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Emergency reconstructive endovascular management of intraoperative complications involving the internal carotid artery from trans-sphenoidal surgery
  1. Julius Griauzde1,
  2. Joseph J Gemmete2,3,4,
  3. Aditya S Pandey2,3,
  4. Erin L McKean3,4,
  5. Stephen E Sullivan3,4,
  6. Neeraj Chaudhary2,3
  1. 1Department of Radiology, University of Michigan, Ann Arbor, Michigan, USA
  2. 2Division of NeuroInterventional Radiology, Department of Radiology, University of Michigan Health System, Ann Arbor, Michigan, USA
  3. 3Department of Neurosurgery, University of Michigan Health System, Ann Arbor, Michigan, USA
  4. 4Cranial Base Surgery Program, Department of Otolaryngology, University of Michigan Health System, Ann Arbor, Michigan, USA
  1. Correspondence to Dr Joseph J Gemmete, University of Michigan Health System, Division of NeuroInterventional Radiology, Department of Radiology, UH B1 D328, 1500 E Medical Center Drive, Ann Arbor, MI 48109, USA; gemmete{at}med.umich.edu

Abstract

Purpose To report our experience with intraoperative complications involving the internal carotid artery (ICA) during trans-sphenoidal surgery and their outcome with reconstructive endovascular management.

Methods A retrospective review was conducted of patients with an ICA injury related to trans-sphenoidal surgery from 2000 to 2012. Demographic data, clinical charts, indications for treatment, radiographic images, lesion characteristics, operative notes, endovascular procedure notes and post-procedure hospital course were reviewed.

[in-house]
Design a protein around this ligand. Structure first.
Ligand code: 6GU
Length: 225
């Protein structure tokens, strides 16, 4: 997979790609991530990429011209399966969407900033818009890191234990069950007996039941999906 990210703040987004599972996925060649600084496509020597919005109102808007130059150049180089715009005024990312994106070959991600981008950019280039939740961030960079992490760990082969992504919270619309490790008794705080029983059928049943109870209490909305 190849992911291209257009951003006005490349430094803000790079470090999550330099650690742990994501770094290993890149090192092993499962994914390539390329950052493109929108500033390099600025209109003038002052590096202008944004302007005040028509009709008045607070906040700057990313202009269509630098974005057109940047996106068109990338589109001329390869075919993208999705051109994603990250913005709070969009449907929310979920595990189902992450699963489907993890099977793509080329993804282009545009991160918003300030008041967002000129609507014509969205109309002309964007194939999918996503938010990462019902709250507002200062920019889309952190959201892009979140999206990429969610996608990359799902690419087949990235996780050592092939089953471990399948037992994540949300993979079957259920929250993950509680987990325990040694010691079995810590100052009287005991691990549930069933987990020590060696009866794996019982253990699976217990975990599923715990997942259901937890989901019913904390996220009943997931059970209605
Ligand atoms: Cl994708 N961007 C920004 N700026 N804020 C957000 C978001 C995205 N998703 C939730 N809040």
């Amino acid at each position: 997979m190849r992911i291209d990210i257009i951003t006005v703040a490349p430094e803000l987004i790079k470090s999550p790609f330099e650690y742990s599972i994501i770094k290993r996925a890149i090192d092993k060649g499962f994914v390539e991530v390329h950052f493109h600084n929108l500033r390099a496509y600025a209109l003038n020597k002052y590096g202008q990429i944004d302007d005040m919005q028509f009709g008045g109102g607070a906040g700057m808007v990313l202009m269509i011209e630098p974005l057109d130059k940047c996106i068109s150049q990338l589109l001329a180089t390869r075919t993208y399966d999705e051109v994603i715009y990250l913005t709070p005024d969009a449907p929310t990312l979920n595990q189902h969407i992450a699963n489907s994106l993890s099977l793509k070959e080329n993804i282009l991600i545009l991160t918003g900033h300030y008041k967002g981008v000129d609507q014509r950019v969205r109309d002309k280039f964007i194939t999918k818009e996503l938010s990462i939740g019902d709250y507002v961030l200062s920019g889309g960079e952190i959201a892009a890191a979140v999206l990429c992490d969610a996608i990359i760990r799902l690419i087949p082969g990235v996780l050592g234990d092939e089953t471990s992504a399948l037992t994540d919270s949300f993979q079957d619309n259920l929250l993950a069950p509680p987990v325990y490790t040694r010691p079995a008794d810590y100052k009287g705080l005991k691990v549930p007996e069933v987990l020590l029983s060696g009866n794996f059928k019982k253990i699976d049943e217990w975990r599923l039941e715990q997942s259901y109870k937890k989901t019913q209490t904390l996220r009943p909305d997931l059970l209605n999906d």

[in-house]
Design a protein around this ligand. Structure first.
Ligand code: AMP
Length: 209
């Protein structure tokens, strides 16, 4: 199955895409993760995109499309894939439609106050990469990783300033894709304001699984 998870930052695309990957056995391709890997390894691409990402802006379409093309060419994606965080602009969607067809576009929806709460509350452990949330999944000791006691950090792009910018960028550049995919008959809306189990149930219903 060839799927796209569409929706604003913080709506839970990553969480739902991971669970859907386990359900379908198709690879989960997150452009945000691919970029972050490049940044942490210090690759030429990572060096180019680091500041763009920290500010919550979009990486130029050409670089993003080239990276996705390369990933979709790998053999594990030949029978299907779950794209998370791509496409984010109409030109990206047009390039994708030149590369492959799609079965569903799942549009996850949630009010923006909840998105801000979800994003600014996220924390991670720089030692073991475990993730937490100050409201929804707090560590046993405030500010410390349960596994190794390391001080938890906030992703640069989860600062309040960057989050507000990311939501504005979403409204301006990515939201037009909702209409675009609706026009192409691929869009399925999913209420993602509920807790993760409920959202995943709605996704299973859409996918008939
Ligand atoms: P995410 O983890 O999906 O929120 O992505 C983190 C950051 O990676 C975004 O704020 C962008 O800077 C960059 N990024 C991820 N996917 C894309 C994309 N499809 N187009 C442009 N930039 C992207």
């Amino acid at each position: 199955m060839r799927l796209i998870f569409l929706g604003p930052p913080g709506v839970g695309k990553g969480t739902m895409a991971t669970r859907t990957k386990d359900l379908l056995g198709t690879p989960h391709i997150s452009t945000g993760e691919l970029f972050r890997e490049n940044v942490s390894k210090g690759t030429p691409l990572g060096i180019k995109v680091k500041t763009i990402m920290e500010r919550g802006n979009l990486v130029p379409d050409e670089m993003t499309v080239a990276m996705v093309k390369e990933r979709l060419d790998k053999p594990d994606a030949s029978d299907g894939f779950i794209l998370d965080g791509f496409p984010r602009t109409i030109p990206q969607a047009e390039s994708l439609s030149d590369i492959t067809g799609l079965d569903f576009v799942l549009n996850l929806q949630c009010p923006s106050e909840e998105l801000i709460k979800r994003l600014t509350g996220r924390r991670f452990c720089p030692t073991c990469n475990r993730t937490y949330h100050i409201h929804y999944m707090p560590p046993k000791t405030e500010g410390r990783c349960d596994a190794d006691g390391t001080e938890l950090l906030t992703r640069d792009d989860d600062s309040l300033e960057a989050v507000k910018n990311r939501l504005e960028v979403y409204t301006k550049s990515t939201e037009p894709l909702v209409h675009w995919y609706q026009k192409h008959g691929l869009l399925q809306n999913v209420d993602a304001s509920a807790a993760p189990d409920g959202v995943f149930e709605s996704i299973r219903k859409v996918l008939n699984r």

Results Three men and one woman of mean age of 52 years (range 33–74) were identified. The lesions included two macroadenomas, one meningioma and one chondrosarcoma. Risk factors for ICA rupture included two patients with carotid dehiscence, one with sphenoid septal attachment to the ICA, two with revision surgery, one with prior radiation to the tumor, one with bromocriptine treatment and two with acromegaly. In three patients, covered stent placement achieved hemostasis at the site of injury within the ICA. One patient developed delayed bleeding 6 h after covered stent placement and underwent successful endovascular occlusion of the ICA but died 6 days after the injury. The fourth patient had an intraoperative ICA stroke requiring suction thrombectomy, thrombolysis, stent placement and evacuation of an epidural hematoma. At 1-year follow-up, two patients had a modified Rankin score (mRS) and National Institute of Health Stroke Scale (NIHSS) score of 0; in the patient who had a stroke the mRS score was 1 and the NIHSS score 2.

Conclusions Endovascular management with arterial reconstruction is helpful in the treatment of ICA injuries during trans-sphenoidal surgery.

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